1. Forum
  2. >
  3. Topic: Irish
  4. >
  5. "She has a girlfriend."

"She has a girlfriend."

Translation:Tá cailín aici.

June 13, 2015



Similar to other questions, but not answered yet.
Other than context, how do you differentiate between a girl/boy and a girlfriend/boyfriend if the word is the same?

She could have a girlfriend, she could have a girl (child), or she could have someone else's girl.


Having grown up with a mother from Boston and a father from Ireland, both referred to female non-romantic friends of girls as a "girlfriend", though boys didn't seem to often refer to male friends as "boyfriends" (though "boys" or "lads" would be used).


I've always thought it was cailín/buachaill chara because that's what I heard in the Gealtacht.


I think thats a very literal translation of boy/girl + friend and something I'd use moreso to describe a boy or girl who is a friend rather than someone I'm in a relationship with. Its kind of like the difference between girlfriend (relationship) and girl friend (friendship), but that's my personal interpretation


I take it that you never spent a summer at the Gaeltacht as a teenager? I can assure you that the typical attendee at a Coláiste Samhraidh is far more interested in "girlfriends" than "girl friends".


Tá for grá ;)


Duo corrects ''Tá cailín cara aici'' to '' Tá cailín aici'', why is that?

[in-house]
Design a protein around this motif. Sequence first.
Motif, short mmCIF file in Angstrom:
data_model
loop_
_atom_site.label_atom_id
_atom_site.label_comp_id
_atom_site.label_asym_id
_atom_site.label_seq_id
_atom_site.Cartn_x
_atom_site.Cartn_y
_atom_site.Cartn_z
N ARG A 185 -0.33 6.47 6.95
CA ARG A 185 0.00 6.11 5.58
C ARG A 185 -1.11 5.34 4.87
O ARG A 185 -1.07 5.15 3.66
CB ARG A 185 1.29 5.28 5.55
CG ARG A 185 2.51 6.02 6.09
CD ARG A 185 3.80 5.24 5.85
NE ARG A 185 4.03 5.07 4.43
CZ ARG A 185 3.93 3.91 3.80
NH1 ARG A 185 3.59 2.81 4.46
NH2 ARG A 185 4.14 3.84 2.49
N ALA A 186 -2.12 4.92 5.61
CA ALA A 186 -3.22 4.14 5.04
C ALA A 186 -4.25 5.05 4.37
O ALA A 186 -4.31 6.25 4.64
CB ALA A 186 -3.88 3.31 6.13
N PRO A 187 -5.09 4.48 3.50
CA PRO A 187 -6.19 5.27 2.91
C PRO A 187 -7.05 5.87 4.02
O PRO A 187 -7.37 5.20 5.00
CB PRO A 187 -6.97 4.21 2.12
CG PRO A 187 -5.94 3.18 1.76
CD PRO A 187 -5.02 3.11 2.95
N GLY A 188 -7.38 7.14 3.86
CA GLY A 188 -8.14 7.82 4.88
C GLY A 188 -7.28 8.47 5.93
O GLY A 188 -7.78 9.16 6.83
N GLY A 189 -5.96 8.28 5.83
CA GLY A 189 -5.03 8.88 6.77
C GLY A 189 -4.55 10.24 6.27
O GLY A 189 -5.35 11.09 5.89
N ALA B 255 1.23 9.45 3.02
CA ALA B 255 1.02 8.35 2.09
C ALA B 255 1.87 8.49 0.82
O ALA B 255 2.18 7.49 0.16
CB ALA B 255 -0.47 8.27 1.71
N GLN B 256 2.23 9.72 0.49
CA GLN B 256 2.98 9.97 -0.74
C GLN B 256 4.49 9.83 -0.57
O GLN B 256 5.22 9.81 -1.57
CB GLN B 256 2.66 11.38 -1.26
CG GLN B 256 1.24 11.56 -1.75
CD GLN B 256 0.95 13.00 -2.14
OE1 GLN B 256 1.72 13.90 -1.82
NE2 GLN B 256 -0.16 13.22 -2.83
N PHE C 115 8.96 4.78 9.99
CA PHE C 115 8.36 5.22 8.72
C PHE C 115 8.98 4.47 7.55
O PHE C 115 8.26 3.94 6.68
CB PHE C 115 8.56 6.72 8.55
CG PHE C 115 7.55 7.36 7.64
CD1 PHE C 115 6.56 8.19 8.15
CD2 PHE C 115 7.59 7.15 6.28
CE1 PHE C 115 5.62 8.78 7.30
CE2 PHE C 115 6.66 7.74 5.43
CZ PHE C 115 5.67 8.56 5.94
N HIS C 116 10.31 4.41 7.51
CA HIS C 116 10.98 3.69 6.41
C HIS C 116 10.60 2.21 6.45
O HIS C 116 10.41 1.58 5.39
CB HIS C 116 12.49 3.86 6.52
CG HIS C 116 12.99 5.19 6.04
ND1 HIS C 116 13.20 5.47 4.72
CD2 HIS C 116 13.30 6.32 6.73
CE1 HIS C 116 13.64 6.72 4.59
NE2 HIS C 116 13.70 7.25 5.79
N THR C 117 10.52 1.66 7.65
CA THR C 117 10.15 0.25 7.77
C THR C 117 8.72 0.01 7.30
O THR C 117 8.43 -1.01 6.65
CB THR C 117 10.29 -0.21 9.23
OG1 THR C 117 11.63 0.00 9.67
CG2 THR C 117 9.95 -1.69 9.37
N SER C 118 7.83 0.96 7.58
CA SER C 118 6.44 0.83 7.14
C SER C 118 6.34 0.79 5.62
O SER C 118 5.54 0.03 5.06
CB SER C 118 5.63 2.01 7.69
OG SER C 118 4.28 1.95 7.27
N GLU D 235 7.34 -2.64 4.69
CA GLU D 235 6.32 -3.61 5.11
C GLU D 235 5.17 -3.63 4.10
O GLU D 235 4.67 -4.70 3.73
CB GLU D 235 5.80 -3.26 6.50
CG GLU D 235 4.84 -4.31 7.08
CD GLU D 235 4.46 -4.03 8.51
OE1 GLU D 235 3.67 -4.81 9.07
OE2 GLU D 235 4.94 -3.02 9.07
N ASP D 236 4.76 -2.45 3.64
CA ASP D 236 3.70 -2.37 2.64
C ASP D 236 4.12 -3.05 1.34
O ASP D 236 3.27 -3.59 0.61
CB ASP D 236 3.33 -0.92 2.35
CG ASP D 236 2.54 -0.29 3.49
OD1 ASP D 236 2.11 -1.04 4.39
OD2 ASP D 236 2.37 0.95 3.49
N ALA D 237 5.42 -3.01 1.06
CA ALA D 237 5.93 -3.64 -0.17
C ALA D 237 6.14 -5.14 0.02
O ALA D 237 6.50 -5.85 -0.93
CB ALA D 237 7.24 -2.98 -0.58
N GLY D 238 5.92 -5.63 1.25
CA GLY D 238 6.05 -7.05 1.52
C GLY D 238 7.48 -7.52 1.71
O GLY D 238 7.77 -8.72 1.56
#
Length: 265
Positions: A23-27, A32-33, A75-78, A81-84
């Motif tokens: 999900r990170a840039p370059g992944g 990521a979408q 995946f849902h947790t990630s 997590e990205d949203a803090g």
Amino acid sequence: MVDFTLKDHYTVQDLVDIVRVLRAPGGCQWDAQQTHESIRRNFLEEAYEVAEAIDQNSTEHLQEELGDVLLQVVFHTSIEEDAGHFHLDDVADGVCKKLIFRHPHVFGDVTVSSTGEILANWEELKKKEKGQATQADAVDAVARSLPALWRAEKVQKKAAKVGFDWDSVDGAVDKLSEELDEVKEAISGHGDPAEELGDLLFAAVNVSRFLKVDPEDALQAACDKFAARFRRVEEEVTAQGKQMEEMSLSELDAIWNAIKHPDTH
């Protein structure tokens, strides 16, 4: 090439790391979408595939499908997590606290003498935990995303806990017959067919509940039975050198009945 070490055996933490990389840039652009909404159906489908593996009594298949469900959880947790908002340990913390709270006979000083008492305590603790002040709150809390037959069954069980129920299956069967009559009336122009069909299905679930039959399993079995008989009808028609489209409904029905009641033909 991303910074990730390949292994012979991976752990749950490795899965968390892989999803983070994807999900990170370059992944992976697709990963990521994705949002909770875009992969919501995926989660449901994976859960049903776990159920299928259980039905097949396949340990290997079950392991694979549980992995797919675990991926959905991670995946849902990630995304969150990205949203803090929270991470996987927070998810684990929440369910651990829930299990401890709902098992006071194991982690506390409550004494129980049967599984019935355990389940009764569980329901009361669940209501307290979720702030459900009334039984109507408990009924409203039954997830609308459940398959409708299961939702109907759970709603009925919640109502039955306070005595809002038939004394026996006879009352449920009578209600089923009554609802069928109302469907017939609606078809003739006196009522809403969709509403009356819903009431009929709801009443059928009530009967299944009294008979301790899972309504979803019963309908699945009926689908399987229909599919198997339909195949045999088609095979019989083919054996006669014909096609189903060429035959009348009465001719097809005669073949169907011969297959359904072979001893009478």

I think it asks specifically for a "girlfriend", implying a romantic connection, rather than a "girl friend" or "female friend" which doesn't imply a romantic connection


"Tá caiín aici" means she has a girl not she has a girlfriend. Dont get this one.


That's just how it's written in Irish. There aren't any other words that get closer to "girlfriend".


When saying "have" do you not have to put in the subject? "Tá cailín sí aici"?


Irish has a peculiar structure to say have (at least for english natives): to say "X has Y", you say "Tá Y ag X", which literally means "There is Y on X" or, when Y is definite, "Y is on X", so "She has a girlfriend" is "Tá cailín aici" (aici is the "contracted" form of "*ag sí", because almost all preposition get contracted with pronouns in Irish). Hope that helped ;-)


That helps a lot. Thank you very much.


So aici is because it is a girlfriend?

Would té cailín aici be girlfriend but aigi would be boyfriend so "té buachaill aigi?"


No, it is aici because it the sentence is "she has".

tá buachaill aici - "she has a boyfriend"
tá buachaill aige - "he has a boyfriend"
tá cailín aici - "she has a girlfriend"
tá cailín aige - "he has a girlfriend"

Learn Irish in just 5 minutes a day. For free.